Background: three federal reform election initiatives, towards mitigating the lobbying & political influence of the NRA on firearms policy.
This post seeks to touch on how social media isn’t affecting the Senate on gun control, and how open data standards for constituent communications could enable deeper organizing.
In short: members of Congress won’t enact gun control legislation because of three factors:
- NRA lobbying & campaign donations
- Limitations from intra-party leadership
- Lack of competitive primaries in approx. 95% ofÂ Congressional districts.
There are two electoral points of leverage to change this status quo (and many powerful non-electoral ones, but for now focusing on federal elections):
- Convincing more primary candidates to challenge incumbents
- Changing the calculus for the U.S. representative on the next election by making it overwhelmingly risky to maintain an unpopular position
Much commercial social media and campaign organizing tech seeks to accumulate data on public actions – signing petitions, sharing Facebook posts – while keeping most of it in proprietary silos. There are over 14 commercial projects for voting “aye/nay” on bills in Congress, hundreds of thousands of e-petition signatures from email blasts and Facebook posts and tweets and Snapchat videos, but no open data standard to view public opinion across all of them. “Civic features” in development are currently only working for the commercial app themselves, not more widely for public knowledge – but they could, if we engineer them and set the public-benefit, corporate-responsibility expectation in the #civictech community. The advocacy non-profit tech community over the past fifteen years simply didn’t design to support open data standards, in the face of legacy system pushback and huge VC investment in closed startups.
So consider a sample competitive 2014 House district, IL-12, on Ballotpedia, one of around 26-29 districts (approx. 6% of 435 total) competitive that cycle (background). Each candidate ran unopposed in primary, the incumbent D lost by approx. 20k votes in the general. There are 713k people in that district, of which maybe (ballparking here, not researched) 350k are registered voters, 300k had cast a ballot in past three federal elections? (Not trying to speculate wildly in this fast blog post, just looking for ballparks, precise numbers welcome from tough-to-use Census.gov.)
Among 350,000 registered voters in-district, the knowledge of how many supporters of gun control measures there are is split between different entities: state and county political parties (in voter rolls and turnout targeting and demographic and consumer info); local groups and organizers, using campaign tools; issue groups such as MoveOn or the Tea Party, using CRM software; and companies such as Change.org, Facebook (well, sorta), Countable, NationBuilder and many more.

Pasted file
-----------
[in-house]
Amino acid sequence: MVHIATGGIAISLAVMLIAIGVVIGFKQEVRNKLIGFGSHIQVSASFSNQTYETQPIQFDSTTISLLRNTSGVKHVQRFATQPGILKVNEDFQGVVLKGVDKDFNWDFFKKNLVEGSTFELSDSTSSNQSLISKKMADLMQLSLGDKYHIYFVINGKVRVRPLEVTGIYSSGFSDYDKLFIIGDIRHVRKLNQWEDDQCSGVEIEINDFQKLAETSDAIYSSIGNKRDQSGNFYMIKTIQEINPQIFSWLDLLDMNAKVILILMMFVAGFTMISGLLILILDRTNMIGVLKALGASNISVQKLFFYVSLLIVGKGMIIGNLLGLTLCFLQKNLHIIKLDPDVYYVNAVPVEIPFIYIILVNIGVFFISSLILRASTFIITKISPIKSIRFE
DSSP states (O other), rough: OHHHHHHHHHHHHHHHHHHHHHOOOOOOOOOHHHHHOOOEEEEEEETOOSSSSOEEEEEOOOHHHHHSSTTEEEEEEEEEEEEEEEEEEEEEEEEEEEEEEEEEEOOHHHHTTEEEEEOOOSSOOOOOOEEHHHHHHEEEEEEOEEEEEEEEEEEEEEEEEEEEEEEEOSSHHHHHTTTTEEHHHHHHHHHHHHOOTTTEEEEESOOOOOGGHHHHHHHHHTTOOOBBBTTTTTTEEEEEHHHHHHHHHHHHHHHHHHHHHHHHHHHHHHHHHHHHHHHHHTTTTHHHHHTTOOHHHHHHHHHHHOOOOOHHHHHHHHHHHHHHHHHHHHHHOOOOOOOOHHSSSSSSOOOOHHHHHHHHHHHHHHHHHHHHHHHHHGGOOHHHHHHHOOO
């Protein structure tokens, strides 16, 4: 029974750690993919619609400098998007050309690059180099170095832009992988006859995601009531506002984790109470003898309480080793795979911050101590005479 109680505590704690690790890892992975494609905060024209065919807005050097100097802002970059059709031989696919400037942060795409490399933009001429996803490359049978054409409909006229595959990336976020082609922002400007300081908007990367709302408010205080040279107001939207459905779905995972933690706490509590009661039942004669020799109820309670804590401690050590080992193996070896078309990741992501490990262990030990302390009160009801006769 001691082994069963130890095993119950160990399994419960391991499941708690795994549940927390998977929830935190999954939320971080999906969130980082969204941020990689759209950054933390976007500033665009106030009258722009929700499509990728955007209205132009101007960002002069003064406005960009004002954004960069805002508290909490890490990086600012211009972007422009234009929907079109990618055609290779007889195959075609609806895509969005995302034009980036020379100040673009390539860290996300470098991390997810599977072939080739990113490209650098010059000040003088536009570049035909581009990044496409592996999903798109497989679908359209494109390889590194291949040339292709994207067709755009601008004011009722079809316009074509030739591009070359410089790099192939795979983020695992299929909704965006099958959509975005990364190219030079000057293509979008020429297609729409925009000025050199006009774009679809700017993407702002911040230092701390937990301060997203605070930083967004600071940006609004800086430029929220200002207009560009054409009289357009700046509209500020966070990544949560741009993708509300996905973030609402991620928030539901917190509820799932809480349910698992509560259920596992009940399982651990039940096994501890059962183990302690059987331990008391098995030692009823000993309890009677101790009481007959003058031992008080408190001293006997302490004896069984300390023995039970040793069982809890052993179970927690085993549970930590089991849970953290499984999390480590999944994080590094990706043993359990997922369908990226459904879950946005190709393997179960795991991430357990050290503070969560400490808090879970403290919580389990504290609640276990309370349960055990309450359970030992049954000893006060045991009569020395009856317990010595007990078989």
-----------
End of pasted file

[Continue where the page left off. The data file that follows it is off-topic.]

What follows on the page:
To impact the two points of electoral leverage above, open data standards for constituent communications would help organizers and advocates identify two needed pieces of public info.
- How many primary voters are solid supporters of gun control measures; might not be a majority, but in some districts, it could be close enough for political cover;
- How many eligible and registered voters support gun control measures, and how many are likely to turn out in Nov. 2016 elections for this issue when reached with follow-up communications. Even if only around 15,000 votes in the sample district above were needed for the incumbent D to hold his seat and support gun control, if this number is more than 25,000, that’s a significant general election signal.
In summary, in the Illinois 12th, local journalists and community groups don’t know mass data on gun control support, because it’s split between Facebook posts, Change petitions, Action Kit clicks from MoveOn emails, and issue-groups using services such as NationBuilder. Maybe together it can be found to be 125,000, more than the votes for the Republican challenger who opposes gun control. We don’t know until we have open-data infrastructure for civic engagement, including the tough problem of validating action takers as constituents in a district, and much-needed API’s for campaign contributions and election results.
As a result of supporting open data standards such as our proposed X11 for constituent communications, social media posts could be located back to a district and a campaign webpage. Taking a stand for gun control on social media, or clicking an action link from a Southern Illinois news outlet or political blog, could prompt others to sign-on in a meaningful way in other districts – in case you don’t have any FB friends in Madison Co, IL, including Granite City and Edwardsville, or the nearby Cahokia Mounds (I’ve actually been there, ha). And in turn, more people would be incentivized to participate from day-to-day, week-to-week, and turn out for elections, if their petition signature counted on an important federal issue such as firearms controls. (Big opportunities at state & city levels, too.)
This has been our ambitious non-profit mission, open tech for responsive government and public trust in the political process. There’s very little investment in truly free & open tech for a healthier U.S. representative democracy – venture capital looks for returns in gov-tech or lead-gen, issue groups and news media no longer have budget for open standards. Let’s make public opinion more query-able and analyze-able and action-able for organizers by breaking it out into the open web. Questions & feedback welcome – support our open-data work for public priorities – DM me for more info: @ppolitics on Twttr.